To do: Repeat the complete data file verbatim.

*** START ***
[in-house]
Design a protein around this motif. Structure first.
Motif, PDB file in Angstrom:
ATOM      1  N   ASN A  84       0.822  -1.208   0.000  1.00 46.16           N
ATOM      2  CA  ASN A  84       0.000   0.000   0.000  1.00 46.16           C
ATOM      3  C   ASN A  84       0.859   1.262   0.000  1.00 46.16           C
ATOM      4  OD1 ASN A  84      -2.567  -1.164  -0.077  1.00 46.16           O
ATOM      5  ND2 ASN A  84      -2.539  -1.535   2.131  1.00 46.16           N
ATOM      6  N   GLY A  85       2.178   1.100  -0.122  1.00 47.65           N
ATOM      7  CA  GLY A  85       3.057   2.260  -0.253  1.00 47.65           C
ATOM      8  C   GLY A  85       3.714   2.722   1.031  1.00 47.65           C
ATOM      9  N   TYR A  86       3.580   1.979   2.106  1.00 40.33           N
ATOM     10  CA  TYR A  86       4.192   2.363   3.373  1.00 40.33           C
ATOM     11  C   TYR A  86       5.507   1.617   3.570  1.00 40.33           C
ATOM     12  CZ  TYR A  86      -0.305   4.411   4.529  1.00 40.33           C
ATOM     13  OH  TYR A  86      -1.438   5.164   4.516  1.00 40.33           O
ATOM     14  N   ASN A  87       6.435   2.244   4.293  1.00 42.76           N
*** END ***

[in-house]
Design a protein around this motif. Structure first.
Motif, PDB file in Angstrom:
ATOM      1  N   ASN A  84       0.822  -1.208   0.000  1.00 46.16           N
ATOM      2  CA  ASN A  84       0.000   0.000   0.000  1.00 46.16           C
ATOM      3  C   ASN A  84       0.859   1.262   0.000  1.00 46.16           C
ATOM      4  OD1 ASN A  84      -2.567  -1.164  -0.077  1.00 46.16           O
ATOM      5  ND2 ASN A  84      -2.539  -1.535   2.131  1.00 46.16           N
ATOM      6  N   GLY A  85       2.178   1.100  -0.122  1.00 47.65           N
ATOM      7  CA  GLY A  85       3.057   2.260  -0.253  1.00 47.65           C
ATOM      8  C   GLY A  85       3.714   2.722   1.031  1.00 47.65           C
ATOM      9  N   TYR A  86       3.580   1.979   2.106  1.00 40.33           N
ATOM     10  CA  TYR A  86       4.192   2.363   3.373  1.00 40.33           C
ATOM     11  C   TYR A  86       5.507   1.617   3.570  1.00 40.33           C
ATOM     12  CZ  TYR A  86      -0.305   4.411   4.529  1.00 40.33           C
ATOM     13  OH  TYR A  86      -1.438   5.164   4.516  1.00 40.33           O
ATOM     14  N   ASN A  87       6.435   2.244   4.293  1.00 42.76           N